5. Discussion summary: Fictitious domain methods

    NASA Technical Reports Server (NTRS)

    Glowinski, Rowland; Rodrigue, Garry

    1991-01-01

    Fictitious Domain methods are constructed in the following manner: Suppose a partial differential equation is to be solved on an open bounded set, Omega, in 2-D or 3-D. Let R be a rectangle domain containing the closure of Omega. The partial differential equation is first solved on R. Using the solution on R, the solution of the equation on Omega is then recovered by some procedure. The advantage of the fictitious domain method is that in many cases the solution of a partial differential equation on a rectangular region is easier to compute than on a nonrectangular region. Fictitious domain methods for solving elliptic PDEs on general regions are also very efficient when used on a parallel computer. The reason is that one can use the many domain decomposition methods that are available for solving the PDE on the fictitious rectangular region. The discussion on fictitious domain methods began with a talk by R. Glowinski in which he gave some examples of a variational approach to ficititious domain methods for solving the Helmholtz and Navier-Stokes equations.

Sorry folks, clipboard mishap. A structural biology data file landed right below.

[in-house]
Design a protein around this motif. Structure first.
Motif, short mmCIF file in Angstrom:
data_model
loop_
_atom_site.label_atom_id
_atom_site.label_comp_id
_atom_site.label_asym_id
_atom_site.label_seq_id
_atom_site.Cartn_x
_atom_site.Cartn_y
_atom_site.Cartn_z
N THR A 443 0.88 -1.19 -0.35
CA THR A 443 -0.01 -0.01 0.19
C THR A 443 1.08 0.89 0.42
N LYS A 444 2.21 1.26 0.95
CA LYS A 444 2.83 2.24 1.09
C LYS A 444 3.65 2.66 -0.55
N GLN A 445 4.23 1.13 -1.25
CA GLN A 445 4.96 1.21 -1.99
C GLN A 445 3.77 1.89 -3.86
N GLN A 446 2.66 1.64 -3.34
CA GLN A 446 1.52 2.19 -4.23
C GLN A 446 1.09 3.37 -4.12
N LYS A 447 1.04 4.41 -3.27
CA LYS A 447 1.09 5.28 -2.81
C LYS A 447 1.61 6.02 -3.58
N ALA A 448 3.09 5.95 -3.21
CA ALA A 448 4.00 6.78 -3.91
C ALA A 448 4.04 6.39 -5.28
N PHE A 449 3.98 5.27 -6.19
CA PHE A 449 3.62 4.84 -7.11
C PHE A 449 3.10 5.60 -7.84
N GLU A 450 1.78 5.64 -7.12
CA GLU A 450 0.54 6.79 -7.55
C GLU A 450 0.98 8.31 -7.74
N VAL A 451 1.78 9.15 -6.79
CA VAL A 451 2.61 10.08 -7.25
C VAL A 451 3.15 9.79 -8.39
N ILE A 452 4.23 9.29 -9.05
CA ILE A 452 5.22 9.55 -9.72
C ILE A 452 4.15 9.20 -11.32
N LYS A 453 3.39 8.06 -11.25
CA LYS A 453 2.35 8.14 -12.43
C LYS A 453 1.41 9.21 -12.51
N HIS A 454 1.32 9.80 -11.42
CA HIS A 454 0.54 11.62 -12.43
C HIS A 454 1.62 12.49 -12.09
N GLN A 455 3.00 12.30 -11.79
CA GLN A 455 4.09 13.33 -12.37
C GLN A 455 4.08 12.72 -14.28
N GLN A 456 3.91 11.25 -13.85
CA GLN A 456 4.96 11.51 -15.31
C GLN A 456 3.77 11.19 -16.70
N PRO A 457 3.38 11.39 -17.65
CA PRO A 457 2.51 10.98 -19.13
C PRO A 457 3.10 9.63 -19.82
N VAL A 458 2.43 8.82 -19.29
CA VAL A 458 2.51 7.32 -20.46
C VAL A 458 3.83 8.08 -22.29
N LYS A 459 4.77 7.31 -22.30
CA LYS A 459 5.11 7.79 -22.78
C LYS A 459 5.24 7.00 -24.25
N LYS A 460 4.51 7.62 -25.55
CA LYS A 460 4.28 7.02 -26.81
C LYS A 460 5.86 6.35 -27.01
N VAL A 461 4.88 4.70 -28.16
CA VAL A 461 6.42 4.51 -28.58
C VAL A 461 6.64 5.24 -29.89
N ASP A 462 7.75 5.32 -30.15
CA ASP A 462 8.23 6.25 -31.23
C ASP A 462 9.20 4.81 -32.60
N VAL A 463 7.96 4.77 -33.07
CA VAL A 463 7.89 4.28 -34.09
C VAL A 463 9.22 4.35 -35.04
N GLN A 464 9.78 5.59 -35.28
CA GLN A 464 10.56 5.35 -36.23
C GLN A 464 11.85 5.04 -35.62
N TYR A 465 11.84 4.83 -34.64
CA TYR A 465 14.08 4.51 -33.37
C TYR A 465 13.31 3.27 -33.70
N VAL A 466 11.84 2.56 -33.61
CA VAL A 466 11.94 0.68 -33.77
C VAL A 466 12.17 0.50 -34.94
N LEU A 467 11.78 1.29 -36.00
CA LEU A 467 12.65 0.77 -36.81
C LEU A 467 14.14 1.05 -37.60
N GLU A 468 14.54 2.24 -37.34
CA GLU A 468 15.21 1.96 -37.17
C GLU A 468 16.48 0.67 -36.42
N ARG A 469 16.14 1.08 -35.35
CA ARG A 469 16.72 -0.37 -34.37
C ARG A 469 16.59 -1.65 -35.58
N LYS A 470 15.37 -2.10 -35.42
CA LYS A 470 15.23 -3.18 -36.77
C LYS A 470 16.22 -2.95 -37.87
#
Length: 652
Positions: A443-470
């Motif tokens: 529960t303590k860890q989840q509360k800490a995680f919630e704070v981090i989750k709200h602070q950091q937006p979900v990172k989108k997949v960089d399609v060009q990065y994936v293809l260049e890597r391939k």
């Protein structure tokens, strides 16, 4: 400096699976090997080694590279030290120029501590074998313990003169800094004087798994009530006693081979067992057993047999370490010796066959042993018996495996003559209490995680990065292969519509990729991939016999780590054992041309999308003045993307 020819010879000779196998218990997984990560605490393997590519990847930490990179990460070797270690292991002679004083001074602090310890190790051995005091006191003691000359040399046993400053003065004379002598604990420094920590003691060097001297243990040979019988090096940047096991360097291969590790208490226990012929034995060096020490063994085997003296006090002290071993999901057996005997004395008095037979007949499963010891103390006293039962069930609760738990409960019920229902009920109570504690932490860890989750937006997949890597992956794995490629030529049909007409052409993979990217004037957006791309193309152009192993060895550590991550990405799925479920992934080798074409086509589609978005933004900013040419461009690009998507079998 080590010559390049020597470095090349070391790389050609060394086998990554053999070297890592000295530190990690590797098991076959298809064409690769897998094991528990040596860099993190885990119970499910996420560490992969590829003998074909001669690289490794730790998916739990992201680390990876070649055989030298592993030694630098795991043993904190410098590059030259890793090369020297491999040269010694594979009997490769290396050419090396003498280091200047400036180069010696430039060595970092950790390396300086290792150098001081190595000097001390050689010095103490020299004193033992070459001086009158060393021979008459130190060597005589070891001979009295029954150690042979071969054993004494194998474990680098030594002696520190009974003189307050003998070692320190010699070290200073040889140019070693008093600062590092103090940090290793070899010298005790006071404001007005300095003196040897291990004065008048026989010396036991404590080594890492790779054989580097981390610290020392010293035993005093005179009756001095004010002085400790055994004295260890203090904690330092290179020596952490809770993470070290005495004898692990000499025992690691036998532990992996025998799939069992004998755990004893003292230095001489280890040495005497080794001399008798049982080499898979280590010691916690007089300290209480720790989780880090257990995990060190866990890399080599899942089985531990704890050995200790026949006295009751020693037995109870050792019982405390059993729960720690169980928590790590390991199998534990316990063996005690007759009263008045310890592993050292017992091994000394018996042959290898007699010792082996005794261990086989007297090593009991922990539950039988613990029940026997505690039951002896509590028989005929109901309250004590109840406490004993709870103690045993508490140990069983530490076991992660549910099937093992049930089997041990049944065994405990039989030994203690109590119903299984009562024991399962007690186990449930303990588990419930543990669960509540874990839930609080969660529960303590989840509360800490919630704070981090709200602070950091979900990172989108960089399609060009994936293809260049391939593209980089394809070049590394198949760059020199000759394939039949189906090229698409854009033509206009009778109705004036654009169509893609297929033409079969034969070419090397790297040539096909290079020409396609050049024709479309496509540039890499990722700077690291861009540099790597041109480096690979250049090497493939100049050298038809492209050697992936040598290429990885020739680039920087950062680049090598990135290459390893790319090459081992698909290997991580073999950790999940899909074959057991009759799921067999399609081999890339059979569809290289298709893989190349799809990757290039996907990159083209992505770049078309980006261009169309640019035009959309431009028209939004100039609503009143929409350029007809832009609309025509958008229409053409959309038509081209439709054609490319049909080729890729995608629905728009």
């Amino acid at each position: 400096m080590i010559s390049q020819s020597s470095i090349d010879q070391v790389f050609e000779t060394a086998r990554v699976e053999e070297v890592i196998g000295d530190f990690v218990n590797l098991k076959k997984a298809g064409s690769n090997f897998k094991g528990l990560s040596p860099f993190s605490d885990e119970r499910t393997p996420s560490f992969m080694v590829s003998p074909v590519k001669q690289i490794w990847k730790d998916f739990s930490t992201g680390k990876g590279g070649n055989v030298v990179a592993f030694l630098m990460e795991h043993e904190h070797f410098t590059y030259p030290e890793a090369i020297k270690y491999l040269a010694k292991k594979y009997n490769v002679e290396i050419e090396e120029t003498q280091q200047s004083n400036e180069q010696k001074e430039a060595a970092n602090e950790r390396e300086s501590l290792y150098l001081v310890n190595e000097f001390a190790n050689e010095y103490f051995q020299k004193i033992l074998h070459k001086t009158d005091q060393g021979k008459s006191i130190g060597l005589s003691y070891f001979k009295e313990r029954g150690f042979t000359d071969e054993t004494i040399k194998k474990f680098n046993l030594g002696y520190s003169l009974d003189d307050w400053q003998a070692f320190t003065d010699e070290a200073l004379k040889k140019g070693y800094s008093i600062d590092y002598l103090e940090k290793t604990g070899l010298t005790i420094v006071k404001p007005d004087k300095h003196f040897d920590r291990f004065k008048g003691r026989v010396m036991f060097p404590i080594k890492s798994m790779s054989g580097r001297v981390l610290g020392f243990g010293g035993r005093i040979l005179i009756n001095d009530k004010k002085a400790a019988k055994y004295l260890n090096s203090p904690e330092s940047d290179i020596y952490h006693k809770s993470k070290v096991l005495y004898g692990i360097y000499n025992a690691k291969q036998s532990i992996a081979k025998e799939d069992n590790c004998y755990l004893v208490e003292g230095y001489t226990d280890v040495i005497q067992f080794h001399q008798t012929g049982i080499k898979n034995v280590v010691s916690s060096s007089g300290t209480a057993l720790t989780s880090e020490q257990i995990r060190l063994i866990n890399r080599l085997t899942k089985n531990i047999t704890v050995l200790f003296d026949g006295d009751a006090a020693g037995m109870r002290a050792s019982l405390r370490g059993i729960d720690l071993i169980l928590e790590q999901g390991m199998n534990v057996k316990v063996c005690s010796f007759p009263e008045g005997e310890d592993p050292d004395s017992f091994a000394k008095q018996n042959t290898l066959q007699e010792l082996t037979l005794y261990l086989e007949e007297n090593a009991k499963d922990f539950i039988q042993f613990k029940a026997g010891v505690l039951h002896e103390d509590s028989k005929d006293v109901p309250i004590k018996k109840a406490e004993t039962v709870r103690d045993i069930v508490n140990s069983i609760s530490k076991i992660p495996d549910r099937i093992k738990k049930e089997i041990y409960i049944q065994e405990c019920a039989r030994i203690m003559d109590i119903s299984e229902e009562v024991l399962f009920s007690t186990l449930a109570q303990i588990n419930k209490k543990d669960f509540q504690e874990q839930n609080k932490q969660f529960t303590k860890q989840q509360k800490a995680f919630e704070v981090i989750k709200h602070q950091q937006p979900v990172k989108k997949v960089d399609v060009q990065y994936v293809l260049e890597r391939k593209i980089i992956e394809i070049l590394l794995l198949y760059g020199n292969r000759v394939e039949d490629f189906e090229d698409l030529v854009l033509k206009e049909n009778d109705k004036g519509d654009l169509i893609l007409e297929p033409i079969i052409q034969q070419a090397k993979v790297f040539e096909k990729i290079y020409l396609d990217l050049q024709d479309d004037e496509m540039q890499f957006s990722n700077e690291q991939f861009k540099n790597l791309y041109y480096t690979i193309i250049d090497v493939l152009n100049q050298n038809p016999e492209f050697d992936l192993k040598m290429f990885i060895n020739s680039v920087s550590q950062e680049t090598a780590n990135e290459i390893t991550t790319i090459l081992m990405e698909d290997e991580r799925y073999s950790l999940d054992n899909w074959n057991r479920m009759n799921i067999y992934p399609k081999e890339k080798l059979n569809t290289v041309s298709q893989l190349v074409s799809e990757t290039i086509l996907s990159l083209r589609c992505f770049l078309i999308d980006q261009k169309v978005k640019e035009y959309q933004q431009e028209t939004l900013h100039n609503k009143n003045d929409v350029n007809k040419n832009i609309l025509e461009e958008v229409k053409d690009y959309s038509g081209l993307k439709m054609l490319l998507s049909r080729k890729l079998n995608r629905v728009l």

6. Ferroelectric negative capacitance domain dynamics

    NASA Astrophysics Data System (ADS)

    Hoffmann, Michael; Khan, Asif Islam; Serrao, Claudy; Lu, Zhongyuan; Salahuddin, Sayeef; Pešić, Milan; Slesazeck, Stefan; Schroeder, Uwe; Mikolajick, Thomas

    2018-05-01